• Friday, September 17, 2021
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Today's Fatalities 431
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Pakistan Corona Update 
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Sri Lanka Corona Update 
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Today's Fatalities 3,998
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Bangladesh Corona Update 
Total Fatalities 418,480
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Today's Fatalities 3,998
Today's Cases 42,015
UK Corona Update 
Total Fatalities 418,480
Total Cases 31,216,337
Today's Fatalities 3,998
Today's Cases 42,015
India corona update 
Total Fatalities 443,928
Total Cases 33,347,325
Today's Fatalities 431
Today's Cases 30,570

HEADLINE STORY

Scientists back Covid boosters as study reveals ‘substantial’ fall in antibodies after vaccination

Members of the public queue to receive the Pfizer-BioNTech Covid-19 vaccine in the Turbine Hall at a temporary Covid-19 vaccine centre at the Tate Modern in central London on July 16, 2021. (Photo by TOLGA AKMEN/AFP via Getty Images)

By: Pramod Thomas

RESEARCHERS have backed proposals for Covid boosters in the autumn as UK studies revealed that protective antibodies can wane substantially within weeks of second vaccine shots, reported the Guardian.

Scientists said that if the decline of antibodies persist the effectiveness of the vaccines may diminish.

The UCL Virus Watch study found that antibodies generated by two doses of the Oxford/AstraZeneca and Pfizer/BioNTech vaccines started to wane as early as six weeks after the second shot, in some cases falling more than 50 per cent over 10 weeks, the report added.

Experts suggest a booster campaign especially for those who were vaccinated early and with the Oxford/AstraZeneca shot.

“We know levels of antibodies start high and drop substantially,” Prof Rob Aldridge, an infectious disease epidemiologist at University College London, told the Guardian.

“We’re concerned that if they carry on dropping at the rate we’ve seen, the protective effects of the vaccines will start to drop too, and the big question is, when is that going to happen?”

Interim advice from the Joint Committee on Vaccination and Immunisation (JCVI) last month encouraged the NHS to prepare for an autumn booster programme, but a final decision on whether to proceed has not been made.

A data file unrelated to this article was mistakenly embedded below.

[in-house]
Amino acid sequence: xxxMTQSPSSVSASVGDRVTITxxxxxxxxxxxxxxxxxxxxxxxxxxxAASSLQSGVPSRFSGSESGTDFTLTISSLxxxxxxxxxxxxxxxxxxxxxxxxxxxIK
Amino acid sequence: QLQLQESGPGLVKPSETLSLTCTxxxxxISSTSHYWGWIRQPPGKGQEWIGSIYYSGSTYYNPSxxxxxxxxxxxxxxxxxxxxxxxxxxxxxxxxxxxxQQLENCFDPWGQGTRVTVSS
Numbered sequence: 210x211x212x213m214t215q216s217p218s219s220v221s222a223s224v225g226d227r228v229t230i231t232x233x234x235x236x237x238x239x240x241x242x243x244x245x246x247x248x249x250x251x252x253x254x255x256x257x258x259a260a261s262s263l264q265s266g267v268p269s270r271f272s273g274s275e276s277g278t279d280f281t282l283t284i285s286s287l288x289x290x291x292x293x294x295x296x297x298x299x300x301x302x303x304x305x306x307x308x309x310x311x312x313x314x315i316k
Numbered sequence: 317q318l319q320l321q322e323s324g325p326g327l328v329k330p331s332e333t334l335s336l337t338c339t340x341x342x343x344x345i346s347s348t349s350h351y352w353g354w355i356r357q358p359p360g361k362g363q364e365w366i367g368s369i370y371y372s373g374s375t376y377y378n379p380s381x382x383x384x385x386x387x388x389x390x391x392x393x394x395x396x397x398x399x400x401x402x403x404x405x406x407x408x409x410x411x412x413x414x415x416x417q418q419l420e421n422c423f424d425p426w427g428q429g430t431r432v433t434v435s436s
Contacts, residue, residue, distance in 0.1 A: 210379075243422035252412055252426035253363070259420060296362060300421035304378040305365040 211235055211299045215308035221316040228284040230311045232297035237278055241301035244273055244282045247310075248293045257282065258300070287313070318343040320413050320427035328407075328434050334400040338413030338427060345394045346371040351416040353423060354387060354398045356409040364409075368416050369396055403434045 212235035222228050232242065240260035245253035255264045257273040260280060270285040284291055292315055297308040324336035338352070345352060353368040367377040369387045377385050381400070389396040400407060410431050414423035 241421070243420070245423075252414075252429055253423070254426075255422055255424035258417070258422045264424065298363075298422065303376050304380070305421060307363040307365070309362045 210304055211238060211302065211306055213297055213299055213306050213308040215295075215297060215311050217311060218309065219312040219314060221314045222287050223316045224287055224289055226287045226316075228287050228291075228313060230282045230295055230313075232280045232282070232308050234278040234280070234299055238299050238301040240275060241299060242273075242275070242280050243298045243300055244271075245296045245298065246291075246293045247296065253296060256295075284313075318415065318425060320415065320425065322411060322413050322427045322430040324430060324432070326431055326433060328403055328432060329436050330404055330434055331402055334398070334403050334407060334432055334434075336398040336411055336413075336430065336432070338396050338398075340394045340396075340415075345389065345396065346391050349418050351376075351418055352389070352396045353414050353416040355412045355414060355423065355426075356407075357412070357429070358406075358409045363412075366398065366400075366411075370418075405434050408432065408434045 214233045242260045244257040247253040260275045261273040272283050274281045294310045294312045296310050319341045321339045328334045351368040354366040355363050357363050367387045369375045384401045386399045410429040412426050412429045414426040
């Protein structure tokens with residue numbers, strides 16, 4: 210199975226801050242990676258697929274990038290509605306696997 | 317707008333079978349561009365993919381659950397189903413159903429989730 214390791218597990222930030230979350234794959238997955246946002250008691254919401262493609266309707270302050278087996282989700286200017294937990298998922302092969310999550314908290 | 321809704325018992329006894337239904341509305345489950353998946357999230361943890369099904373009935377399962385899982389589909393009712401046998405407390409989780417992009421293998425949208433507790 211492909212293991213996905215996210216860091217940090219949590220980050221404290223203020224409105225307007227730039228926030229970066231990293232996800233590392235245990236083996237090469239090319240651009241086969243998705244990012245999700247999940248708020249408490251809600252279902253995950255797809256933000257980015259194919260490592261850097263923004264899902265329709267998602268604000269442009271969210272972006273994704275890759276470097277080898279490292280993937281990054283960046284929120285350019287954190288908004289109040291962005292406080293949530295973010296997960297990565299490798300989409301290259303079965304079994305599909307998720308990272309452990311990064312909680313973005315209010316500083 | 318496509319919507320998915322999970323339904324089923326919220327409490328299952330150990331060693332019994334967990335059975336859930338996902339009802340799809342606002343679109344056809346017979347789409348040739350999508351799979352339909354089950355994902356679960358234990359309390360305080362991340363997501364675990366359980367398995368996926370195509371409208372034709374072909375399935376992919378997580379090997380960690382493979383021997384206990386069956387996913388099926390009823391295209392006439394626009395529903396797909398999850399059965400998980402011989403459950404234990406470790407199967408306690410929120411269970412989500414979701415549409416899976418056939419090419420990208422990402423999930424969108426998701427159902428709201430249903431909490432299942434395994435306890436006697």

The UCL team analysed blood from 605 vaccinated people mostly in their 50s and 60s. According to the study, a double dose of Pfizer/BioNTech tended to produce far more antibodies against the coronavirus than two shots of the Oxford/AstraZeneca vaccine.

Three to six weeks after full vaccination with Pfizer, antibody levels typically stood at about 7,500 units per millilitre (ml), but more than halved to 3,320 units per ml after 10 weeks.

For AstraZeneca, antibody levels peaked at about 1,200 units per ml and typically fell to 190 units per ml after 10 weeks.

Since publishing the results in a letter to the Lancet, the researchers have seen the same trend in a further 4,500 participants in the study, the newspaper report added.

It is normal for antibody levels to wane over time and for the immune system to “remember” the infection with memory B cells. Should the virus invade, these cells rapidly churn out antibodies targeted at the virus. Further protection comes from T cells, which destroy infected cells and limit the severity of the disease.

Aldridge added: “Antibodies are not the perfect measure of risk; we don’t know if there’s a magic number, as it were, where the risk of infection or hospitalisation becomes important. But we think these data support the JCVI case for boosters, with priority for the clinically vulnerable, the over-70s, and all people living in residential care homes for older adults.”

The Guardian report added that the findings have been considered by the JCVI but are unlikely to have a major impact on discussions over boosters.

“The waning of antibody responses over time may support booster strategies, especially in the setting of a third wave in the UK with Delta variant, where infection episodes are now common after two vaccine doses,” Prof Eleanor Barnes, a hepatologist at the University of Oxford, told the Guardian. “However, even with waning antibody levels, memory B cells and T cells may well protect from severe disease.”

Prof Matthew Snape, a vaccinologist at Oxford University, said: “Studies such as this do not in themselves provide evidence of waning protection from vaccines but are really important to help us understand what’s going on if population-based studies showed any drop-off in protection with increasing time since immunisation.

“A decline in antibodies in the blood following immunisation is to be expected and does not necessarily correspond to an increase risk of disease. However, it’s clear that ongoing protection from vaccines for months to years after immunisation can’t be assumed, hence the importance of ongoing vigilance for any increase in breakthrough infections.”

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